Prof. Richard Epstein:  Because, in fact, they're predominately state.


Tessa E. Shurr:  Yes, because it is controlled by the state. It’s predominantly state.


Prof. Richard Epstein:  Yeah, and people who are curious about the history of this, this developed after the National Guard got into a huge battle in Congress—and I was, by the way, quite heavily involved in this. I don't know if anybody knew this—over the question as to whether or not the Guard units could be called over to send overseas. Under the 1952 statute, they could only be sent overseas with the consent of the governor. And for political reasons, many of the governors did not want to do it. This led to an effort on the part of the regular Army Reserve to essentially end the Guard as a separate independent and autonomous agency. And in order to fight that, there was something known in this Montgomery Amendment, which I helped draft with a man named Ed [inaudible 58:44], which essentially got rid of the government consensus requirement and said you could only hold them back if you have cause in order to do so for a local emergency.


      So we did try to cut back a little bit on the state authority. But the truth about the matter is 95 percent of the time, most of the Guard units are, in fact, state employees. And if you did a kind of preponderance test, then I think that you would probably come out right under this situation. This can’t be the case that if they're called up, now they're federal employees and when they're sent back home, they're not. You have to pick one or the other. And there’s sort of a dominant or a primary test applied across the board to come to your conclusions. So that’s why I asked the question.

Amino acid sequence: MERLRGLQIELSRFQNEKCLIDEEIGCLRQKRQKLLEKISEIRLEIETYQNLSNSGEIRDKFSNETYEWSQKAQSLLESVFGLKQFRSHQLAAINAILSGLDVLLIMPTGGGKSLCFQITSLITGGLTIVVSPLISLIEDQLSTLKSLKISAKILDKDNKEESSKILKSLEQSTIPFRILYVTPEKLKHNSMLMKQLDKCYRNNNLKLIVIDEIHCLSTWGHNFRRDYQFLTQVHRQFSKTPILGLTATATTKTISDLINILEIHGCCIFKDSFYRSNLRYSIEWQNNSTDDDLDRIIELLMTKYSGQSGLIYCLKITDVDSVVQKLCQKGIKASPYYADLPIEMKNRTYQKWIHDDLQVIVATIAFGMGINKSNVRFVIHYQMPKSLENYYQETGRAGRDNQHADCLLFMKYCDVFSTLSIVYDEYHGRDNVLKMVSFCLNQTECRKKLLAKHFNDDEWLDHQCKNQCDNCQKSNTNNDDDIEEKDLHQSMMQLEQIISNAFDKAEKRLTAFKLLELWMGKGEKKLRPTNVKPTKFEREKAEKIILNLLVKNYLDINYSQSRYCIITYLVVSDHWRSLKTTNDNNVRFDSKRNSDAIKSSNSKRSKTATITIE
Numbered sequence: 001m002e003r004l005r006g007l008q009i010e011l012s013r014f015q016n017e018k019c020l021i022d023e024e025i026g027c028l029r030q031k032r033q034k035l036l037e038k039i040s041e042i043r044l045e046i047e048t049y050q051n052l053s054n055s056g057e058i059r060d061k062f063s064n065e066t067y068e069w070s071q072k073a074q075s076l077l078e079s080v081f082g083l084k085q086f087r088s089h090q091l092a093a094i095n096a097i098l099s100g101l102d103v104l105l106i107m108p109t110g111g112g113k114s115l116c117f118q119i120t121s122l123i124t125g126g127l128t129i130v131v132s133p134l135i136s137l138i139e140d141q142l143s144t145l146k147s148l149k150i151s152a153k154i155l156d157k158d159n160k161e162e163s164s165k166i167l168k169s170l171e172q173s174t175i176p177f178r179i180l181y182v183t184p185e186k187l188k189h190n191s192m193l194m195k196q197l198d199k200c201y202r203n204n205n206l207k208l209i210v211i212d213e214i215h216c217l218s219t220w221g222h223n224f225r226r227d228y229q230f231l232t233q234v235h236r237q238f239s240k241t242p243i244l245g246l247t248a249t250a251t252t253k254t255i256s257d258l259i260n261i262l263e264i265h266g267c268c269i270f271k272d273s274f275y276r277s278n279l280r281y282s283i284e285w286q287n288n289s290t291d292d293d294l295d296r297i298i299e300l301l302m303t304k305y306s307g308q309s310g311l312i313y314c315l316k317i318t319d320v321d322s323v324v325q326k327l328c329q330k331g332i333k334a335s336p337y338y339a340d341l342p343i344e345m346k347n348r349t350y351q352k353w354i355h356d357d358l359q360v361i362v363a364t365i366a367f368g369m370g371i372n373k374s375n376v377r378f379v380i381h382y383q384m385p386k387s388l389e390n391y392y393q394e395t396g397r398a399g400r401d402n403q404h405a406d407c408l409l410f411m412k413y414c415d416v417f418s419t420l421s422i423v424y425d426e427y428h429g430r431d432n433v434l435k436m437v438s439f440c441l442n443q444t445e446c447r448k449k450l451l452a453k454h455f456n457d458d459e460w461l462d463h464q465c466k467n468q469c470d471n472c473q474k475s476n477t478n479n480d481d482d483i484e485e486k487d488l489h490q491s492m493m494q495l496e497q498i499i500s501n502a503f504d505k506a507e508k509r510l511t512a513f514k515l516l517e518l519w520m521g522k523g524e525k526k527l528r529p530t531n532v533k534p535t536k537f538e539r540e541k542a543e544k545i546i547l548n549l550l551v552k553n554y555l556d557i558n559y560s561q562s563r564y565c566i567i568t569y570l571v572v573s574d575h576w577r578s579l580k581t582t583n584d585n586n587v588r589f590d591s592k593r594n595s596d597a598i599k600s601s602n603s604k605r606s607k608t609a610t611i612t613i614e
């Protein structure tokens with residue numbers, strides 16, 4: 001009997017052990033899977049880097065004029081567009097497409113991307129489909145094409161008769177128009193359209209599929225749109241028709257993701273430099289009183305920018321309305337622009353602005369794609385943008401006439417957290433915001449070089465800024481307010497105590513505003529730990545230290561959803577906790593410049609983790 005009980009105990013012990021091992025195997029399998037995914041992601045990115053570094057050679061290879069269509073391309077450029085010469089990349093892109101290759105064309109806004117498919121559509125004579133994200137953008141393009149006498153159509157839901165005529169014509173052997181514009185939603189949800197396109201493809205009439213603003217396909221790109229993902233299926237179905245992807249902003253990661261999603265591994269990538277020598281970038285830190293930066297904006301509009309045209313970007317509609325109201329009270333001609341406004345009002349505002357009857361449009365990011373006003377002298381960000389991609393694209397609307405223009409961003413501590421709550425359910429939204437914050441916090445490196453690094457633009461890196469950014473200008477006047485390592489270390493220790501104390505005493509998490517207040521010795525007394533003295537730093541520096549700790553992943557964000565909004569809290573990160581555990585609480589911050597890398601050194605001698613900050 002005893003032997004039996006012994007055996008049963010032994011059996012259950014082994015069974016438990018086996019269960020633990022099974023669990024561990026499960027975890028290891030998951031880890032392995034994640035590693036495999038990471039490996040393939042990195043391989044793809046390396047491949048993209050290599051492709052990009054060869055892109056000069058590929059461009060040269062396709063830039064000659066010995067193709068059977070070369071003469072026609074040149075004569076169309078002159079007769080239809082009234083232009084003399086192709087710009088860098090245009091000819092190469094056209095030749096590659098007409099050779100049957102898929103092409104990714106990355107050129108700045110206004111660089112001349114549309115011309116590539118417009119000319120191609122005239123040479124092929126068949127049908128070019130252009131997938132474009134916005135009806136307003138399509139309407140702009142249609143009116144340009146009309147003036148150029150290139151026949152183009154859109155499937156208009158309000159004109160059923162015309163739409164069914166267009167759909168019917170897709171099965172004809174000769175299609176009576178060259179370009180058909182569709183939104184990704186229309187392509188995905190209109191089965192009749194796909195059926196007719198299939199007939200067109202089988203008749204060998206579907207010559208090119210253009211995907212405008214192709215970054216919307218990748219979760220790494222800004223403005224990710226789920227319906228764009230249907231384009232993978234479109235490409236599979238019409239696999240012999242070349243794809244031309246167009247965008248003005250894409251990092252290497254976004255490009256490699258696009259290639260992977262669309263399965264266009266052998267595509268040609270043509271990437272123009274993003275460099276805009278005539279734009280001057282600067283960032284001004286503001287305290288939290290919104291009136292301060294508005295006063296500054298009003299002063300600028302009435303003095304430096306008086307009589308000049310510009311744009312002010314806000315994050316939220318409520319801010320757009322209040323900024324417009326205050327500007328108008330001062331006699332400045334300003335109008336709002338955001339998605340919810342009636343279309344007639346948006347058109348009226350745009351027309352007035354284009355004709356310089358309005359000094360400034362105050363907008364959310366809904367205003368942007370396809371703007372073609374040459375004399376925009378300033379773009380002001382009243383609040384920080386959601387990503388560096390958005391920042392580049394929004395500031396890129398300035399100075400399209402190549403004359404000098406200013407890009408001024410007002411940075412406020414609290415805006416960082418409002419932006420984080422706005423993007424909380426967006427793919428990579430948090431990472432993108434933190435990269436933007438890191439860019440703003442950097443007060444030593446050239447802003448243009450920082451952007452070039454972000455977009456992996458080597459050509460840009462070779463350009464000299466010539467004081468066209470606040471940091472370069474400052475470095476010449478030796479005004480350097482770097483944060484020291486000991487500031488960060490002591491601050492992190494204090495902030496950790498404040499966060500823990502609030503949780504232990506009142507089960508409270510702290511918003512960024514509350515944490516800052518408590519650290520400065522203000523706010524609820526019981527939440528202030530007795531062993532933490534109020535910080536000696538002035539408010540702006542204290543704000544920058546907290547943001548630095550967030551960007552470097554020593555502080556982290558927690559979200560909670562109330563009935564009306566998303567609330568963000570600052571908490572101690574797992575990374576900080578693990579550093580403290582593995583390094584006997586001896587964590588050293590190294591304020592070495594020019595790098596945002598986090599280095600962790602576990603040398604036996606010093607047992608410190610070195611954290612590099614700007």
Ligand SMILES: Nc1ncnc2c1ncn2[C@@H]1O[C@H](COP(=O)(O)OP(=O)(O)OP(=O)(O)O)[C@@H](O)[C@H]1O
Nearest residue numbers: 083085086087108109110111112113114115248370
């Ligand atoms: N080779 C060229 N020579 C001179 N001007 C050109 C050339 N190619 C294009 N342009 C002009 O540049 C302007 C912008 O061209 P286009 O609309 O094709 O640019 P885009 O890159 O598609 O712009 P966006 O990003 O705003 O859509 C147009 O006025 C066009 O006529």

I had a question to --


Prof. William Hodes:  Let me, let me -- I have a follow-up question to Tessa on this case, and then we’ll -- if you had something else, Richard.


      And that is I wondered, Tessa, in the Ohio National Guard case, if anybody either in the briefs or in the opinions either wondered about or worried about whether if you decide that the National Guard, as an agency, is a state agency, that there might be lurking there a commandeering issue, that if it is a true state -- if it’s a state agency but we all know that the feds have a tremendous amount of control, operational control, might there be, harking back to the sovereign immunity issue that was in the last case that Anna mentioned, was there any, even an inkling, that there’s a commandeering issue lurking here?


Tessa E. Shurr:  Yes, that was -- great point. That was a very significant point of contention prior to the Supreme Court granting cert on the limited question of FLRA’s jurisdiction. So the Supreme Court this time around will not be addressing that question of federalism and the commandeering question. But that is all throughout the briefing in the Sixth Circuit.


Prof. William Hodes:  Okay, so you're saying it was raised, but it just didn’t make it to the Supreme Court? Oh, interesting. 


Tessa E. Shurr:  That’s correct.


Prof. William Hodes:  So my instinct was right.